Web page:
For almost 20 years, Bob Ayers divided his time between two jobs so his wife, Donna, could be at home with their kids. He worked full-time nights as a truck driver for NAPA Distribution Center, and part-time days for Haberman Woodworking & Frames.
“It worked, but it was hard. I didn’t get much sleep, Donna and I had no time for just us, and the kids didn’t get to spend much time with me. In 1988, my friend Jerry Waldrop approached me about taking over a job he had been doing in his home, cutting packing foam for OTC/SPx. I hemmed and hawed for awhile, but pretty soon we had set up shop in Donna’s laundry room and we were cutting specially-designed foam packaging for SPx tools. After four years, we were so busy we added on an 800-square-foot garage. Within the first 10 years we had so much work we realized this was our future,” Ayers recalled.
In 1998, Ayers approached Ken Henricksen at the Owatonna Business Incubator. He had outgrown the shop in the garage, and was able to set up shop in the Incubator facility with Henricksen’s help. It wasn’t long before he needed to upgrade and add additional equipment so he could keep up with the demand. Ayers recalled how defeated he felt after his personal bank declined his request for a $70,000 loan to purchase a foam press .
“I remember visiting with Ken. I was pretty down, trying to figure out how I was going to get ahead of the orders I had. Ken had helped me with some compliance paperwork and other miscellaneous stuff when we moved into the Incubator, but he really came through for me when I needed to grow. Ken suggested some other financing options, and with his help, I got what I needed to help FoamCraft grow. Ken was the guy who really taught me how to be a businessman,” Ayers said.
Within two years, Ayers had paid back the loan, and in 2000, earned his “first clear dollar of profit” plaque from the Owatonna Chamber of Commerce.
It was always the Ayers’ dream to move their business into its own space, and in 2005, their dream came true. “When Donna and I started out in the Incubator space, we were doing strictly ‘foam’ projects, which included fitted pieces of packing foam that fit inside metal cases and held sets of tools, for example, a full set of socket wrenches special to the aircraft industry. But we were able to add new equipment in the new building to make us more competitive. And SPx had asked us to do some wood projects for them, including crates and pallets. This has really been our biggest growth area, the wood projects,” he said.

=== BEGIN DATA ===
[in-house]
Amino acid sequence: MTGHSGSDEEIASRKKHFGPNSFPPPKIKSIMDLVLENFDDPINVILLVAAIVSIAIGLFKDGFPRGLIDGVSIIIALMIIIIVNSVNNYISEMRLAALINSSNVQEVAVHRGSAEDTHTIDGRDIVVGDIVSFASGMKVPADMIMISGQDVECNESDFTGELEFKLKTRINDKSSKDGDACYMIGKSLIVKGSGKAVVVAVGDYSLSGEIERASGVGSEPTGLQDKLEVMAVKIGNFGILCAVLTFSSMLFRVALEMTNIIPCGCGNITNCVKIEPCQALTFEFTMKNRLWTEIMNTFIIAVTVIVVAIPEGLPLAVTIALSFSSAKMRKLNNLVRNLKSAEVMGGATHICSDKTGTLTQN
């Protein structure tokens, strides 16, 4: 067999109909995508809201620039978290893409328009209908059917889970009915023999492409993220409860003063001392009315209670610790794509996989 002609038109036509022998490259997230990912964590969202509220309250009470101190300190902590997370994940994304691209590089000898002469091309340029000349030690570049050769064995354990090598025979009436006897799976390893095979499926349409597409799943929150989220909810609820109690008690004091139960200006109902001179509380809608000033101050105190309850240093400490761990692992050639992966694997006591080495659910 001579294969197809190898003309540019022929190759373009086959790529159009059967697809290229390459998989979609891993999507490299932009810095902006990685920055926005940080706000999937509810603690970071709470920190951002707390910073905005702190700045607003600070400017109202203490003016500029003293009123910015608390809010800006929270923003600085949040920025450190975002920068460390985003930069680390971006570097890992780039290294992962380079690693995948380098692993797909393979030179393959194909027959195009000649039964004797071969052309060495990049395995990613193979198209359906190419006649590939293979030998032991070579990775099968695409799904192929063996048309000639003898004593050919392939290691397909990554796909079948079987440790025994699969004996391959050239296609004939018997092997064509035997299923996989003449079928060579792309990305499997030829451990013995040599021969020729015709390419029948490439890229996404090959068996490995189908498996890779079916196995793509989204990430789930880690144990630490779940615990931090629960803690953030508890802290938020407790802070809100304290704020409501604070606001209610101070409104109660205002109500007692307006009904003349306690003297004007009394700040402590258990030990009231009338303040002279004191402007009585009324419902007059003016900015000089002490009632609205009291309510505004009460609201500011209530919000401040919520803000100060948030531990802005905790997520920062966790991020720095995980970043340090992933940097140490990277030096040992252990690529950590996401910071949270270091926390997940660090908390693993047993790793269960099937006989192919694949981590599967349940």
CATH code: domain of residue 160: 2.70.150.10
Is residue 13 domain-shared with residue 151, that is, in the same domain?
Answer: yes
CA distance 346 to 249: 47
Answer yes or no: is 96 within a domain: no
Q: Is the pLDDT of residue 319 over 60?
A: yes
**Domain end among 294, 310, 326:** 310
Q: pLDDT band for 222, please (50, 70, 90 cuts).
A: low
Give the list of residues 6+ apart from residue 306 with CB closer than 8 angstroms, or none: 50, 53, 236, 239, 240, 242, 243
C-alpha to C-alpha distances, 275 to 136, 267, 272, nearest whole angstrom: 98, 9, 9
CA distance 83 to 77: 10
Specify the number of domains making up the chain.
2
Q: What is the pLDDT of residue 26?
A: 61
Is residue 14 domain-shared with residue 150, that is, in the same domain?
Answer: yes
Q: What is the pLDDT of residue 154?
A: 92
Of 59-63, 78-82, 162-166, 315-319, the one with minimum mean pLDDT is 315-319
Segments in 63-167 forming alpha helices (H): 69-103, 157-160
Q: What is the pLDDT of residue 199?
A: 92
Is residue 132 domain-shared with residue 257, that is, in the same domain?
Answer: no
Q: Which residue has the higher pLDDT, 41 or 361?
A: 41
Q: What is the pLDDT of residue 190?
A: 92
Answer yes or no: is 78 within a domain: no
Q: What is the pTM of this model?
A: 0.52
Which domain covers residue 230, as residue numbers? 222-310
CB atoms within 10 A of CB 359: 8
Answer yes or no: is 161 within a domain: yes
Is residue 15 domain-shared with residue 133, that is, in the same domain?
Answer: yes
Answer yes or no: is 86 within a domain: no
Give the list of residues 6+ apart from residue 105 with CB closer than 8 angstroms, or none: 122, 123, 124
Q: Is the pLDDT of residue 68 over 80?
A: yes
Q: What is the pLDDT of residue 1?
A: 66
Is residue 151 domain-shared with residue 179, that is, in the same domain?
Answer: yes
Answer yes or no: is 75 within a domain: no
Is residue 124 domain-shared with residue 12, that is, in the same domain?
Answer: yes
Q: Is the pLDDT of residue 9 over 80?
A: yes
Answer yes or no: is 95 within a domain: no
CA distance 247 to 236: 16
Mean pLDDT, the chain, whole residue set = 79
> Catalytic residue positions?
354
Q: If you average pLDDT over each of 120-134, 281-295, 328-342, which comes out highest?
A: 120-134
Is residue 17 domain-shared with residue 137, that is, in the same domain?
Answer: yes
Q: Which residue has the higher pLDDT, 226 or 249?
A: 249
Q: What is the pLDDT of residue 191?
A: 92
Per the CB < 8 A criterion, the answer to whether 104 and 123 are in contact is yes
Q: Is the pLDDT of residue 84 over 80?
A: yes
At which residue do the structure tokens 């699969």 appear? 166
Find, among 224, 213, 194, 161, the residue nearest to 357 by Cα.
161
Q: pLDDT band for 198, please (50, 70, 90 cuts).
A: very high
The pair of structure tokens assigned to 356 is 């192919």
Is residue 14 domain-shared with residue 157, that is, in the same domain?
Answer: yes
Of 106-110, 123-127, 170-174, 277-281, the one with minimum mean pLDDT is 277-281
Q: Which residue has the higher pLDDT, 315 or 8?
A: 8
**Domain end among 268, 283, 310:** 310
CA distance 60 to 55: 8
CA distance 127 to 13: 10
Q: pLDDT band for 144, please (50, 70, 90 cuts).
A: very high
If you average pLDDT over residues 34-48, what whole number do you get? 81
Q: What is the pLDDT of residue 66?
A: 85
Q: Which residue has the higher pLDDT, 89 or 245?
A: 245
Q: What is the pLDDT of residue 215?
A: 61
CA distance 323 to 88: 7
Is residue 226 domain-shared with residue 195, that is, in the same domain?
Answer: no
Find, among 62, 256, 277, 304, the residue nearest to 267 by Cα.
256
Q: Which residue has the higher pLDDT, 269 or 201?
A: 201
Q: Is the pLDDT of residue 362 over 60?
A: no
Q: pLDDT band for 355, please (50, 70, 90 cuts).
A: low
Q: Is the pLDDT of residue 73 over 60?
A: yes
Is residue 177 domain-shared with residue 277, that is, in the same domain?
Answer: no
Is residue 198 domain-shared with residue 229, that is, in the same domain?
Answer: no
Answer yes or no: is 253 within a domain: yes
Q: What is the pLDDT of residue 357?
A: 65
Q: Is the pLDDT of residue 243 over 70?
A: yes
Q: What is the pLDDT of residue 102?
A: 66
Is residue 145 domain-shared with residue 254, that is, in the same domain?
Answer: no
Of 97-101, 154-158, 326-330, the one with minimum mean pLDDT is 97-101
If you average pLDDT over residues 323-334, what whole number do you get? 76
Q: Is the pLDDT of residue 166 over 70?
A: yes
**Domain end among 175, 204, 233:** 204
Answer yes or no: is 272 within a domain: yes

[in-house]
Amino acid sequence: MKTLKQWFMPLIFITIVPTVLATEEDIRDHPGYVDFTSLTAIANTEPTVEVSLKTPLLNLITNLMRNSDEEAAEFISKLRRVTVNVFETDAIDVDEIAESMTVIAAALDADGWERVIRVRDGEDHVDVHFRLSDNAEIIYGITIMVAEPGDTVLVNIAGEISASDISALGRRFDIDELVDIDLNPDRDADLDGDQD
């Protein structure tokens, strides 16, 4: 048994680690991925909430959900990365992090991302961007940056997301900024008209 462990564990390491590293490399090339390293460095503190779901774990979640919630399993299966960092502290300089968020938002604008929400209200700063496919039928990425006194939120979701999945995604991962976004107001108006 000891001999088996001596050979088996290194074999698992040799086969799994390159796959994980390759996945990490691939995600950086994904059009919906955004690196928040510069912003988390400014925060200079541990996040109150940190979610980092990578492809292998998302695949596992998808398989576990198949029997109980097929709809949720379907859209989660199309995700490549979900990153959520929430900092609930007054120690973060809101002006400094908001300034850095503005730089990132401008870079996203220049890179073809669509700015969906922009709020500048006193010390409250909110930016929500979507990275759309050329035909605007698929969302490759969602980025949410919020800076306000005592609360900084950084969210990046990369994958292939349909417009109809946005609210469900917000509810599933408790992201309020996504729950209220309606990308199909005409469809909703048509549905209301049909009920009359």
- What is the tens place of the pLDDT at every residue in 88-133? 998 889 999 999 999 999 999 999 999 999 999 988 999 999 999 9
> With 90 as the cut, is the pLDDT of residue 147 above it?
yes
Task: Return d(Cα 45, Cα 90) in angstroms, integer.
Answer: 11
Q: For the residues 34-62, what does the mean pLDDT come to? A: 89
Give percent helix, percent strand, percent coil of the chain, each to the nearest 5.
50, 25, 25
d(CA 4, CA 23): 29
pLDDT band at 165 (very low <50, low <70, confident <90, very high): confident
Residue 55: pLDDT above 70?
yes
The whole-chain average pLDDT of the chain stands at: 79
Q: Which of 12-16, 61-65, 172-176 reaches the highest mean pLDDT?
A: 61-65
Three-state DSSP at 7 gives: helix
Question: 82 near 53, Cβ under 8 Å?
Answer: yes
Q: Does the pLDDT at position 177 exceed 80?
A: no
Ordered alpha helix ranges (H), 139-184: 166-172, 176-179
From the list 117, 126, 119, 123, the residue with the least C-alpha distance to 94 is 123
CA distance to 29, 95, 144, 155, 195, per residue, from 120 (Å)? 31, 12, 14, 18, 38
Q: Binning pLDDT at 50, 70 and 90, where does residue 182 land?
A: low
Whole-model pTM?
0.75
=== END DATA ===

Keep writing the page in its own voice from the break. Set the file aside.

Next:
“About 4-5 years ago we bought an already-established packaging business in Albert Lea, and it was easy to convert it to our needs. As well as customers picking up their products, we can now truck products back and forth between FoamCraft and Albert Lea Crating, as well as ship our packing products directly to our customers. We have 2.5 full-time truck drivers, six 53-foot trailers (two flatbeds and four trailers) and two straight trucks,” Ayers added. Besides Bosch (OTC, SPx, Bosch), some of FoamCraft’s largest customers include Cambria (manufacturers of engineered quartz surfaces) and SageGlass in Faribault.
Ayers laughed when he recalled some “special” projects he had accepted through the years, including building a wooden crate with a foam interior to be used to ship a church organ to England and another special-build request to build crates for John Deere Gators so they could be “air-freighted from Minneapolis to Saudi Arabia to assist with a Saudi plan to construct a city in the middle of the desert. The special-build crates were to double as garages for the Gators,” he laughed.
“It doesn’t matter what we are packaging. I guarantee you pretty much anything we pack could be dropped from the top of the Empire State Building and it would likely survive. Our crew can do anything,” he said of his current staff of 38 full-time employees between the two plants.
Ayers is visibly proud of the direction the little business in the laundry room has taken. “You know, Donna and I are partners in marriage, partners in life and partners in this business. This is, and always has been, a full-time job for both of us. It took both of us a lot of hard work and many sacrifices to get this far,” he said, gazing at the dollar bill hanging on the wall of the conference room. “There were times we cried, lost sleep, juggled bills….just didn’t know what we’d do next. Times I wanted to break the glass covering that dollar because we needed it so badly.
“But those times motivated us too. To take care of ourselves and our employees. To do everything we could to make sure our customers were happy. To follow the ‘Golden Rule.’ We’ve learned some hard lessons, but we’ve also learned some really neat things,” saying he never thought he’d see the day where FoamCraft would have a ‘Mother’s Room.’
“One of our crew is a new mom who sometimes doesn’t have daycare, so her baby comes to work with her on those days. When the baby needs to eat or needs changing, mom has a place to go. That’s probably one of the best things about FoamCraft. We’ve become a family, and that’s not an easy atmosphere to create and maintain when a company grows as fast as ours has,” Ayers said.
“Yeah,” he mused. “I’m pretty darn proud of that.”
- Authored By Lisa Richmond